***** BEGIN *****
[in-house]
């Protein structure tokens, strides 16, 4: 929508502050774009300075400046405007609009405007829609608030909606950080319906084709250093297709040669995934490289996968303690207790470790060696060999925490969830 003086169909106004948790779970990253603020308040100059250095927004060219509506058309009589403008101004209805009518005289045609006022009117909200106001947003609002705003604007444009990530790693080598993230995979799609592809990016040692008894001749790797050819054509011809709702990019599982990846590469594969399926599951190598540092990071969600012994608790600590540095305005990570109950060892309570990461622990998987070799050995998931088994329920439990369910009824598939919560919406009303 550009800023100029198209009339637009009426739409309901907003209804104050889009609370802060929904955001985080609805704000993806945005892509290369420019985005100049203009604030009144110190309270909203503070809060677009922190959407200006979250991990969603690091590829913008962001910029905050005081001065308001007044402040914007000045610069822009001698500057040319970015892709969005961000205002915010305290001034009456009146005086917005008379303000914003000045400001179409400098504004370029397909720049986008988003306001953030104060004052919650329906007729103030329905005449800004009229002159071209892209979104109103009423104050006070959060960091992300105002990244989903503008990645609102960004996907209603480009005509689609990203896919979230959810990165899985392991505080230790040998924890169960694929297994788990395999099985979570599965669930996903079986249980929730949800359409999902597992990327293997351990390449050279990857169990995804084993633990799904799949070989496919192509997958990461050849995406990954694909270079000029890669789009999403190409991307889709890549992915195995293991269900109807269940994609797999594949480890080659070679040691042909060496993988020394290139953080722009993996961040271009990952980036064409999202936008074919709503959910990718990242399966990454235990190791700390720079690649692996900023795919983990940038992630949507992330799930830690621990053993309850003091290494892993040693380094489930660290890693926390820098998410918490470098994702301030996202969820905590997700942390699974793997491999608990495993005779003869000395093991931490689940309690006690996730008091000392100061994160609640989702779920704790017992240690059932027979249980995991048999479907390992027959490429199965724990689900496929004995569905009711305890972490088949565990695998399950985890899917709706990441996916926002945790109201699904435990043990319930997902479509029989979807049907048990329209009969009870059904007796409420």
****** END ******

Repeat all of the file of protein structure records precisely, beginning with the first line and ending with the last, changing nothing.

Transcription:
[in-house]
């Protein structure tokens, strides 16, 4: 929508502050774009300075400046405007609009405007829609608030909606950080319906084709250093297709040669995934490289996968303690207790470790060696060999925490969830 003086169909106004948790779970990253603020308040100059250095927004060219509506058309009589403008101004209805009518005289045609006022009117909200106001947003609002705003604007444009990530790693080598993230995979799609592809990016040692008894001749790797050819054509011809709702990019599982990846590469594969399926599951190598540092990071969600012994608790600590540095305005990570109950060892309570990461622990998987070799050995998931088994329920439990369910009824598939919560919406009303 550009800023100029198209009339637009009426739409309901907003209804104050889009609370802060929904955001985080609805704000993806945005892509290369420019985005100049203009604030009144110190309270909203503070809060677009922190959407200006979250991990969603690091590829913008962001910029905050005081001065308001007044402040914007000045610069822009001698500057040319970015892709969005961000205002915010305290001034009456009146005086917005008379303000914003000045400001179409400098504004370029397909720049986008988003306001953030104060004052919650329906007729103030329905005449800004009229002159071209892209979104109103009423104050006070959060960091992300105002990244989903503008990645609102960004996907209603480009005509689609990203896919979230959810990165899985392991505080230790040998924890169960694929297994788990395999099985979570599965669930996903079986249980929730949800359409999902597992990327293997351990390449050279990857169990995804084993633990799904799949070989496919192509997958990461050849995406990954694909270079000029890669789009999403190409991307889709890549992915195995293991269900109807269940994609797999594949480890080659070679040691042909060496993988020394290139953080722009993996961040271009990952980036064409999202936008074919709503959910990718990242399966990454235990190791700390720079690649692996900023795919983990940038992630949507992330799930830690621990053993309850003091290494892993040693380094489930660290890693926390820098998410918490470098994702301030996202969820905590997700942390699974793997491999608990495993005779003869000395093991931490689940309690006690996730008091000392100061994160609640989702779920704790017992240690059932027979249980995991048999479907390992027959490429199965724990689900496929004995569905009711305890972490088949565990695998399950985890899917709706990441996916926002945790109201699904435990043990319930997902479509029989979807049907048990329209009969009870059904007796409420």